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Chokes in the ground "plane"
Chokes in the ground "plane"
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Old 17th June 2013, 02:37 PM   #1
Bas Horneman is offline Bas Horneman  Netherlands
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Default Chokes in the ground "plane"

I've often seen that in high voltage psu's the chokes can be put in the ground because that is safer. But it works just as well?

Is this the way one should do it?
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Old 17th June 2013, 02:40 PM   #2
12E1 is offline 12E1  United Kingdom
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Quote:
Originally Posted by Bas Horneman View Post
Is this the way one should do it?
Not quite. You have shown all the capacitors with a ground connection. Only the last one (C22 in your example) should have the ground connection, otherwise the ground is acting as a short circuit across the inductors. You also need to show where the centre tap of the transformer secondary goes - it should go to the negative terminal of the first capacitor (C20).
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Old 17th June 2013, 02:42 PM   #3
nigelwright7557 is offline nigelwright7557  United Kingdom
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Should a choke go open circuit you could end up with high volts on the input jack ground and kill someone.
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Old 17th June 2013, 02:48 PM   #4
Bas Horneman is offline Bas Horneman  Netherlands
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Quote:
Only the last one (C22 in your example) should have the ground connection
I thought so. Thanks. This is actually as I had drawn it initially.

Quote:
Should a choke go open circuit you could end up with high volts on the input jack ground and kill someone.
Do you mean even when it is correctly wired as below?
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Last edited by Bas Horneman; 17th June 2013 at 02:51 PM.
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Old 17th June 2013, 02:54 PM   #5
Vinylsavor is offline Vinylsavor  Germany
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Hi!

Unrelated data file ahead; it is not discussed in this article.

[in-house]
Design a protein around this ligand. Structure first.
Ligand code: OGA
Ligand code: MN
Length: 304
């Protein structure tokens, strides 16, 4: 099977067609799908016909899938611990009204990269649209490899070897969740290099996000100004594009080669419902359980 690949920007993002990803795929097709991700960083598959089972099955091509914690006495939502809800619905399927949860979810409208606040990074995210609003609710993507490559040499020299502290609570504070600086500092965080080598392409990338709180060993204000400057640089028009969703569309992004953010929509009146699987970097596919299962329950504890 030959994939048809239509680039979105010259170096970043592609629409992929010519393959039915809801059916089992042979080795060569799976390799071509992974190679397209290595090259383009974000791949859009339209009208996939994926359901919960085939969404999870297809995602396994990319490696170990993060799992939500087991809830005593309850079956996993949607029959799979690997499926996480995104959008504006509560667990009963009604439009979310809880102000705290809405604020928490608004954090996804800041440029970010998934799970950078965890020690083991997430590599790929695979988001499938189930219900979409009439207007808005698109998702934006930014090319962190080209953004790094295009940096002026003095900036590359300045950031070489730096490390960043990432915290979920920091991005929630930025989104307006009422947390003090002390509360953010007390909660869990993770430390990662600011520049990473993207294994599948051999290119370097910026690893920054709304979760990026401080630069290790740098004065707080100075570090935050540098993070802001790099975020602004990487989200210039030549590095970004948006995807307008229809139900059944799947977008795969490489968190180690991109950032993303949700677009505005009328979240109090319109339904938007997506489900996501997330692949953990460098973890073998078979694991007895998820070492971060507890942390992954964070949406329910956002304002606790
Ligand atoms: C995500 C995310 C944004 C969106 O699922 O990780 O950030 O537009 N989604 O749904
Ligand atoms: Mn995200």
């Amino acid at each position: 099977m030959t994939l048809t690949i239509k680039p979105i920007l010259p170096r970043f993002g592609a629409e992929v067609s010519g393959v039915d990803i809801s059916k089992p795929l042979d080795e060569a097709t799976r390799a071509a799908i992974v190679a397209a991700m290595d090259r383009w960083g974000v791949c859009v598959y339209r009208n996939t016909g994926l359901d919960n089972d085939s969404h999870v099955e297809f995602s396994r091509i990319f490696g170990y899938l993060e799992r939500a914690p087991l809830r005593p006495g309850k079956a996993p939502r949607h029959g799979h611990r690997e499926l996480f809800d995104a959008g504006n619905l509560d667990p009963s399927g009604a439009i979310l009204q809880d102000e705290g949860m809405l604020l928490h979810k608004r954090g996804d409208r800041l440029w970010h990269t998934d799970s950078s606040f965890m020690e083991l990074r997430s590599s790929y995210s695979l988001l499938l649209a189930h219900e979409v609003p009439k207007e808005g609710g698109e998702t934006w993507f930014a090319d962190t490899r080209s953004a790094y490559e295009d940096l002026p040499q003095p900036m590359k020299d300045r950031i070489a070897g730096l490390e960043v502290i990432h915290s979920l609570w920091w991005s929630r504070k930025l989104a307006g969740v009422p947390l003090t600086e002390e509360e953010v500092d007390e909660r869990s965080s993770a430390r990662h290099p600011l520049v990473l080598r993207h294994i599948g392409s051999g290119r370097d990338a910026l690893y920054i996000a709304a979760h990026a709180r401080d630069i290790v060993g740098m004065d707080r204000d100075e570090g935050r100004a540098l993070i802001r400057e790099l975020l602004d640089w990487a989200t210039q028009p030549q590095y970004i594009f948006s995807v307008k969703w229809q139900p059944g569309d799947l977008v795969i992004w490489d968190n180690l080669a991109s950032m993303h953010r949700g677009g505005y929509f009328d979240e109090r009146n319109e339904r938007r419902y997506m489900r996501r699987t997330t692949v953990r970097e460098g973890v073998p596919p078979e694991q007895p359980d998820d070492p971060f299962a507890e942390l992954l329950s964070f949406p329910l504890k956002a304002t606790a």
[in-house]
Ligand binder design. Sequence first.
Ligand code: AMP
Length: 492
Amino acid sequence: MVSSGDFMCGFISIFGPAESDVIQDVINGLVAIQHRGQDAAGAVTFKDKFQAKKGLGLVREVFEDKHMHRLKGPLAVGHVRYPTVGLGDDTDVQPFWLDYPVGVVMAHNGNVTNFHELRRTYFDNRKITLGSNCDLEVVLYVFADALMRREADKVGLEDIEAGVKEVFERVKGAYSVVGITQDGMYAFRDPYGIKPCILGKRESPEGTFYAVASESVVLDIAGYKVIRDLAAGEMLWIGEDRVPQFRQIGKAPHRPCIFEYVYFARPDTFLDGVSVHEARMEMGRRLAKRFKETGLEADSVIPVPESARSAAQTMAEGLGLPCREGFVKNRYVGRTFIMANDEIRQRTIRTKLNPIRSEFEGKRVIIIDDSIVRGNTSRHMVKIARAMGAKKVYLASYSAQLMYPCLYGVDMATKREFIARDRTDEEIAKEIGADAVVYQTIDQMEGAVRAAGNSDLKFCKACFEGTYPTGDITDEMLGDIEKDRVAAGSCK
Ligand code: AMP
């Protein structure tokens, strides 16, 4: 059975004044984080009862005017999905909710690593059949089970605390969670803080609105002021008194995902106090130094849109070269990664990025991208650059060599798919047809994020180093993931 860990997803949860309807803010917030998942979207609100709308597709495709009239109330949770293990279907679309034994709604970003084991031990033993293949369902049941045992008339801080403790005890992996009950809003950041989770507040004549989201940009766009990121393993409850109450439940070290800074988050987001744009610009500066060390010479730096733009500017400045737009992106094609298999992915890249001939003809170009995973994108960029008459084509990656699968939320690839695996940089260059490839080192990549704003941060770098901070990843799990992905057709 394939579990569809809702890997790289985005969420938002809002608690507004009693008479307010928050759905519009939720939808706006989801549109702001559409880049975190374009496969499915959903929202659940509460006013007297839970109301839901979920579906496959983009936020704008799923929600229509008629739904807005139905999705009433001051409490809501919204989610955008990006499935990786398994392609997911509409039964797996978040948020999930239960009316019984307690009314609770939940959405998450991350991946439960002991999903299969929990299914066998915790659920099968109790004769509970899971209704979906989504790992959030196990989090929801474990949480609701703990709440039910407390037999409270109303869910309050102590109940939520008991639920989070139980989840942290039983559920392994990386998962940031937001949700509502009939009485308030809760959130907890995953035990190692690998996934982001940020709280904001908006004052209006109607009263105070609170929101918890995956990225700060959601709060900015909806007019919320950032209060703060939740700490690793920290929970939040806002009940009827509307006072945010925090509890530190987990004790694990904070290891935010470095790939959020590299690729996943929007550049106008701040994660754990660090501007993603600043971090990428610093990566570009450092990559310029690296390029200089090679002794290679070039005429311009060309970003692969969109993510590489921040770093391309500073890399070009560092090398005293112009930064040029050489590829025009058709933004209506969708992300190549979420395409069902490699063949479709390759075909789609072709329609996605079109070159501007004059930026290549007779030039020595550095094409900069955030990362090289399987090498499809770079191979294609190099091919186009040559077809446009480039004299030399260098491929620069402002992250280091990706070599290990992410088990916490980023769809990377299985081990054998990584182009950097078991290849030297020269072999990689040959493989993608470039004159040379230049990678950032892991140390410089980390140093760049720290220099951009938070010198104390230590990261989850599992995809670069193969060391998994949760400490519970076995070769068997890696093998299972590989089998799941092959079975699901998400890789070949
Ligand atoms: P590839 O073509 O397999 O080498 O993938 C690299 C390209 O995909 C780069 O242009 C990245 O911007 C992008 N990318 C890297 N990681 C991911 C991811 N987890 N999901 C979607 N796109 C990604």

I read about one disadvantage of this approach:
You have some stray capacitances from the transformer secondary to the core and thus to ground. This stray capacitance is in parallel with chokes in the ground return and thus bypasses them.

How relevant this effect is? I don't know. Your chokes have some winding capacitances too. So it probably depends on the transformer.

I'd get proper chokes which can handle the voltage.

Best regards

Thomas
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Old 17th June 2013, 03:04 PM   #6
Bas Horneman is offline Bas Horneman  Netherlands
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Quote:
I read about one disadvantage of this approach:
Ah...never knew this. I thought this approach had no drawbacks.
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Old 17th June 2013, 03:14 PM   #7
DF96 is offline DF96  England
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Old 17th June 2013, 03:28 PM   #8
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I may be wrong, but the schematic in post 4 does not look correct to me.
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Old 17th June 2013, 03:38 PM   #9
Frank Berry is offline Frank Berry  United States
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Quote:
Originally Posted by bear View Post
I may be wrong, but the schematic in post 4 does not look correct to me.
The transformer center tap must go to the first (left) inductor.
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Old 17th June 2013, 04:56 PM   #10
12E1 is offline 12E1  United Kingdom
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Quote:
Originally Posted by nigelwright7557 View Post
Should a choke go open circuit you could end up with high volts on the input jack ground and kill someone.
Not if the grounding is done correctly. You would actually end up with a high negative voltage on one side of the faulty choke, and on the negative end of those components preceding it (capacitors, other choke, as applicable). The ground would still be ground, and the HT would not be HT.
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